This behemoth will carry everything but the kitchen sink. This is the largest pack in this guide and is ideal for extended backcountry trips and expeditions. The Xenith 88 is chocked full of features.

The external hydration sleeve is easy to access even when the pack is fully loaded, so filling up water won’t be a burden (as long as you can find a running stream!). The removable lid, complete with zippered pockets, easily converts to a daypack for side trips from basecamp. The Stow-on-the-Go trekking pole attachment allows for easy and quick storage and retrieval of hiking poles. The highly customizable fit will ensure extreme comfort even when carrying heavy loads. A plethora of pockets will ensure organization and quick access to needed items.

Deuter Futura Vario 50 + 10

  • Weight: 4lbs 9oz
  • Volume: 60L (Medium)
  • Raincover: Yes
  • Hydration Compatibility: Yes
  • Zippered Stretch-Mesh Hipbelt Pockets
  • Large U-Shaped 2-Way Zip Opening
  • Front Stash Pocket
  • Valuables Pocket Located Inside Lid Interior


Founded in 1898, Deuter began making mail bags and later military gear. In 1928, the brand outfitted its first expedition and up until the 1970s, it provided the gear for nearly all German expeditions. 

An expandable collar on the main compartment of this pack provides ten extra liters of storage, taking the expanded capacity to 60 liters. When not needed, the collar tucks away but can be quickly deployed for use. A tensioned mesh back panel allows for maximum airflow. Unlike other sized packs in this guide, the Futura Vario has an adjustable torso range of 15-22 inches. A multitude of pockets ensure quick access to needed items while the reservoir sleeve accommodates a three-liter bladder, ensuring you’ll have enough water for every long-distance hike.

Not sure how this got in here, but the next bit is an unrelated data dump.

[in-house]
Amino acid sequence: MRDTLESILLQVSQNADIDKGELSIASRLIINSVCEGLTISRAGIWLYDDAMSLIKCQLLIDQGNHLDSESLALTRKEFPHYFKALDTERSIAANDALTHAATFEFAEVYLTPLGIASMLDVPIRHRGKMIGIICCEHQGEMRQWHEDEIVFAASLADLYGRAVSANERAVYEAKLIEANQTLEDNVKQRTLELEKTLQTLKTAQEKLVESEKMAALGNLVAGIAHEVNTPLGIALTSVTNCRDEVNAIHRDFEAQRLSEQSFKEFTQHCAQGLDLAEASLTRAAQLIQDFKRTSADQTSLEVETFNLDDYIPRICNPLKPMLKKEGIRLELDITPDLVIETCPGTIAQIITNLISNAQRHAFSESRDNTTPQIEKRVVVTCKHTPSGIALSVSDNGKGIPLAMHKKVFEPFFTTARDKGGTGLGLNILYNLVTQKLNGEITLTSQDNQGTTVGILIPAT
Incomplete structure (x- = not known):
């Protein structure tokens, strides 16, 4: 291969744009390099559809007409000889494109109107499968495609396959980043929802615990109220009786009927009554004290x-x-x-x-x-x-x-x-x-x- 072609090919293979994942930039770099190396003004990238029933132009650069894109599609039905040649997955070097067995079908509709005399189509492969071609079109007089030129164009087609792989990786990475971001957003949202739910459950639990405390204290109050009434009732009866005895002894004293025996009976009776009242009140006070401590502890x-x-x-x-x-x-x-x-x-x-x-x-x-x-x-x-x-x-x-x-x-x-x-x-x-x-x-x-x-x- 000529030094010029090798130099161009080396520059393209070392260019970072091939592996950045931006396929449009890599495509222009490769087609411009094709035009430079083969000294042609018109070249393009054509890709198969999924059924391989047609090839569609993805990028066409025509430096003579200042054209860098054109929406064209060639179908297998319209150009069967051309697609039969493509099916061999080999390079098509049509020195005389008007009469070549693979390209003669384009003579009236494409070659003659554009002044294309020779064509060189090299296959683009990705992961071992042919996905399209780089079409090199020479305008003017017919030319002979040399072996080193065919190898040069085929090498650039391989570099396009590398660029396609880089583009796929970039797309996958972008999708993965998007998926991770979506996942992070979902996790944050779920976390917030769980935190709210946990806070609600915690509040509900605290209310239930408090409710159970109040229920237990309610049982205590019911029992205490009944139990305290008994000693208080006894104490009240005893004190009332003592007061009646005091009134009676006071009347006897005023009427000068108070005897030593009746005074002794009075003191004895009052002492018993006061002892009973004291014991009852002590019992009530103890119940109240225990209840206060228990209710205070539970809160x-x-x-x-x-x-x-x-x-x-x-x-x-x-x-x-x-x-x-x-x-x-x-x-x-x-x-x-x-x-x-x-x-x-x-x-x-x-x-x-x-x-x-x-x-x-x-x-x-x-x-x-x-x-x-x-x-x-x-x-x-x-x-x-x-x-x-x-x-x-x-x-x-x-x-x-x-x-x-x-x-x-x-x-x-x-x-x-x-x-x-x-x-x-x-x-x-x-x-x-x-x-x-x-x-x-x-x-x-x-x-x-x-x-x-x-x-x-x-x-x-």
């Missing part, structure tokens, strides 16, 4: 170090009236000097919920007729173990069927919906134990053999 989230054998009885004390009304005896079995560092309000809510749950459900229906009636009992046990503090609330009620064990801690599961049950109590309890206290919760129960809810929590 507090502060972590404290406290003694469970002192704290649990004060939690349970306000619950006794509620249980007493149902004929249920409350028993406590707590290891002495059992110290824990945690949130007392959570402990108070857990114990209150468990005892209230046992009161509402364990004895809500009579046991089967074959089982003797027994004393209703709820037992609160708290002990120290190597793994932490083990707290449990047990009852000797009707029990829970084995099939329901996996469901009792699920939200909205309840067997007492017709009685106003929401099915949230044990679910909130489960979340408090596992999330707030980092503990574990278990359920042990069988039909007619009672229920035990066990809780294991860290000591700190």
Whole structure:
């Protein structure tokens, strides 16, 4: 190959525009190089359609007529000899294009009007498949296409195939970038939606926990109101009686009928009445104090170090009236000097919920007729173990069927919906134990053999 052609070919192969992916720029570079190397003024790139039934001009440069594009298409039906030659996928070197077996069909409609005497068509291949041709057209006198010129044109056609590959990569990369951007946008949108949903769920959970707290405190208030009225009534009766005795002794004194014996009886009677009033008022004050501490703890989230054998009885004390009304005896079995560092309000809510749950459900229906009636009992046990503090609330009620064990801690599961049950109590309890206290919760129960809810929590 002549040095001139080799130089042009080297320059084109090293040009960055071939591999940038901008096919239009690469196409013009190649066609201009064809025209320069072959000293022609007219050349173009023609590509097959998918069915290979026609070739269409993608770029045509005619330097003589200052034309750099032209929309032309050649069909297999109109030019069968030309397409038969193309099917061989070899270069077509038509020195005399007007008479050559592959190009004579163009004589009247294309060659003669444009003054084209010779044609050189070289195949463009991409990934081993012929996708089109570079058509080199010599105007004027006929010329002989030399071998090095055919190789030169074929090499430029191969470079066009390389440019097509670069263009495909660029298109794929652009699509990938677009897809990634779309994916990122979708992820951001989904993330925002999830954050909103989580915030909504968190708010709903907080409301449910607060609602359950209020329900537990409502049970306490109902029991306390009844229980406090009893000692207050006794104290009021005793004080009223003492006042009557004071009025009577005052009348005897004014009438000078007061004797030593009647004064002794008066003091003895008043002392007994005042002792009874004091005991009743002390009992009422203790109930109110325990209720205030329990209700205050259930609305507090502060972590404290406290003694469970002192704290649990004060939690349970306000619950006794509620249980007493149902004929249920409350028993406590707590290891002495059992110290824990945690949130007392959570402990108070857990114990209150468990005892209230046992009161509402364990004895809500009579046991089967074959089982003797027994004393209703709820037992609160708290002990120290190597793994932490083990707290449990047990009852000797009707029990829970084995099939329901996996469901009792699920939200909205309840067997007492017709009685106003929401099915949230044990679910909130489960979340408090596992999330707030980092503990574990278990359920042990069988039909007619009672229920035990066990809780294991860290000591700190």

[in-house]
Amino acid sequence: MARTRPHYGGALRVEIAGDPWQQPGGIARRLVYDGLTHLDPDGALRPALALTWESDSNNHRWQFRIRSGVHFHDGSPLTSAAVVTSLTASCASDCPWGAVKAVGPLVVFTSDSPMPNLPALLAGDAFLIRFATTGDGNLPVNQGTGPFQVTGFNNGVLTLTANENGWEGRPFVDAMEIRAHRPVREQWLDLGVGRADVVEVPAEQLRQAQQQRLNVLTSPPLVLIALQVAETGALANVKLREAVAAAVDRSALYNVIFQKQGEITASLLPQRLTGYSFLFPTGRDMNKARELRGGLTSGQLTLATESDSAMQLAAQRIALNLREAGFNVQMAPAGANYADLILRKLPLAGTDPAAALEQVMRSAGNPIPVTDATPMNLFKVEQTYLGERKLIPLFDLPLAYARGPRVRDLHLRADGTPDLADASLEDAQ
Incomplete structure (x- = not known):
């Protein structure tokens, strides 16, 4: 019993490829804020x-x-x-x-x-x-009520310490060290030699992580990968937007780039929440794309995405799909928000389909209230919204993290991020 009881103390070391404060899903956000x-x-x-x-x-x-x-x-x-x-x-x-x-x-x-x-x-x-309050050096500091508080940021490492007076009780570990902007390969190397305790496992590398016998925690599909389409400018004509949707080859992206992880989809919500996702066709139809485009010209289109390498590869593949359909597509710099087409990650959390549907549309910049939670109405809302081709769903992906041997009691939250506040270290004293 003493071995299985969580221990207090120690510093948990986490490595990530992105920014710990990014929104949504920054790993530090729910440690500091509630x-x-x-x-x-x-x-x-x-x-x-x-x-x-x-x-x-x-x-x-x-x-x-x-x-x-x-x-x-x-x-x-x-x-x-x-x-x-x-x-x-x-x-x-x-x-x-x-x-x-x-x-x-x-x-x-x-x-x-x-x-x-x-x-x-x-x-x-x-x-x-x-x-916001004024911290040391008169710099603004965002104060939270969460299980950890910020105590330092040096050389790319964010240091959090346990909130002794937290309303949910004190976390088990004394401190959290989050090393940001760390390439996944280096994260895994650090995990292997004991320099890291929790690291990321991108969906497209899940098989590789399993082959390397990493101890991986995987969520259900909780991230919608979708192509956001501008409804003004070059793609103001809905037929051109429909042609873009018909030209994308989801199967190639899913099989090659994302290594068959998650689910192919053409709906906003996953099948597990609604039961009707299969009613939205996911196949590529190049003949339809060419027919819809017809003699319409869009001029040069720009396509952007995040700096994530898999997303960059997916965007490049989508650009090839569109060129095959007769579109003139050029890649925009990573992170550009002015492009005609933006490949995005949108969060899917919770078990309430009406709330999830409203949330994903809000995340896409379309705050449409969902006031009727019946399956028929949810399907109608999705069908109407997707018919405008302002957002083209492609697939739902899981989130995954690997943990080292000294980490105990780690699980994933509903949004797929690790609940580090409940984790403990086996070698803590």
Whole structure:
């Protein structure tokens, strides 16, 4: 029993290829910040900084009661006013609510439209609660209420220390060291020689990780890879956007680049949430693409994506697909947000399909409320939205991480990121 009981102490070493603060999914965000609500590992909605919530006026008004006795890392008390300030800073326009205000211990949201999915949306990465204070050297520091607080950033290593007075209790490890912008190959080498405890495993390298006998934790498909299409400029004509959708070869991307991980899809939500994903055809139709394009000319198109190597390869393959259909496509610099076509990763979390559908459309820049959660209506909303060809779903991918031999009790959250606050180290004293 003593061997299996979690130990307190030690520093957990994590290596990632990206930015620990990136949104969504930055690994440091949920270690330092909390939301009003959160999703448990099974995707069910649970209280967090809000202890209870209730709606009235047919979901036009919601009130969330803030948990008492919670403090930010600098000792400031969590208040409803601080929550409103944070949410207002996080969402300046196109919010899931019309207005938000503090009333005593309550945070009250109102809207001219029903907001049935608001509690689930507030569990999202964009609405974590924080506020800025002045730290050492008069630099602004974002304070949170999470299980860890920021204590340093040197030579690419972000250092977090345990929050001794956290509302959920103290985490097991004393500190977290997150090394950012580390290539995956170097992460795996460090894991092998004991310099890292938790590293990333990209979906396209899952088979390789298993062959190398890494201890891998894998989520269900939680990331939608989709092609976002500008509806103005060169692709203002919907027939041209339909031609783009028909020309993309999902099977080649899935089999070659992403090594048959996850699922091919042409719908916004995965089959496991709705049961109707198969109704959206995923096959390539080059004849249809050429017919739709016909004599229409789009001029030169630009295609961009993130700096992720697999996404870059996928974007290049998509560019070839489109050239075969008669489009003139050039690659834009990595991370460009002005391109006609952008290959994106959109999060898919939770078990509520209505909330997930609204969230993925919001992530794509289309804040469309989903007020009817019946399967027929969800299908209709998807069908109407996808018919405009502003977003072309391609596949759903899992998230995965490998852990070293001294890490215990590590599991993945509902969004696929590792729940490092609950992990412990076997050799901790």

REI Co-op Flash 55

  • Weight: 2lbs 11oz
  • Volume: 57L (Medium)
  • Raincover: No
  • Hydration Compatibility: Yes
  • Roll-Top Closure
  • Breathable Mesh Front Pocket
  • Exterior Side Pockets
  • Water Bottle Pockets


What began as a co-op to provide quality gear has grown into one of the biggest retailers for outdoor gear in the United States. In addition to selling outdoor gear, REI designs and creates its own products. The result is high quality gear for anyone looking to get outside on a budget. 

The Flash 55 is capable of a week-long trip or can be stripped down to the bare necessities for a quick overnight trip. The pack is designed to allow the user to modify it as needed. Pockets on the shoulder straps and hip belt provide additional storage or can be removed entirely to reduce weight. The adaptable compression straps along the outside of the pack can be moved, allowing the load to be shaped accordingly. Multiple pockets allow for exterior storage while the removable top lid can further customize the pack’s volume.

Osprey Stratos 50

  • Weight: 3lbs 10.9oz
  • Volume: 50L (Medium)
  • Raincover: Yes
  • Hydration Compatibility: Yes
  • Trekking Pole Attachment
  • Zippered Mesh Pocket Under Top Lid
  • Zippered Hipbelt Pockets
  • Top And Side Panel Zip Access To Main Compartment


Known for making high quality backpacks, Osprey continues to revolutionize the market over forty years later. Unlike the larger Osprey pack featured earlier in this guide, the Stratos is designed for weekend trips and ultralight excursions. The main compartment is easily accessible via the top and side panel zippered access.

The capacity can be adjusted by removing the top lid, which contains a zippered mesh pocket for stashing valuable items. The pack also features an internal hydration sleeve, an array of mesh pockets, zippered hip belt pockets, and a Stow-on-the-Go trekking pole attachment. Rounding out the list of awesome features is the integrated rain cover that deploys quickly in case of a sudden thunderstorm.




The size of the pack you’ll need for your trip is typically in direct proportion to the number of days you intend to spend on the trail. The volume refers to the capacity of the backpack. As a general rule: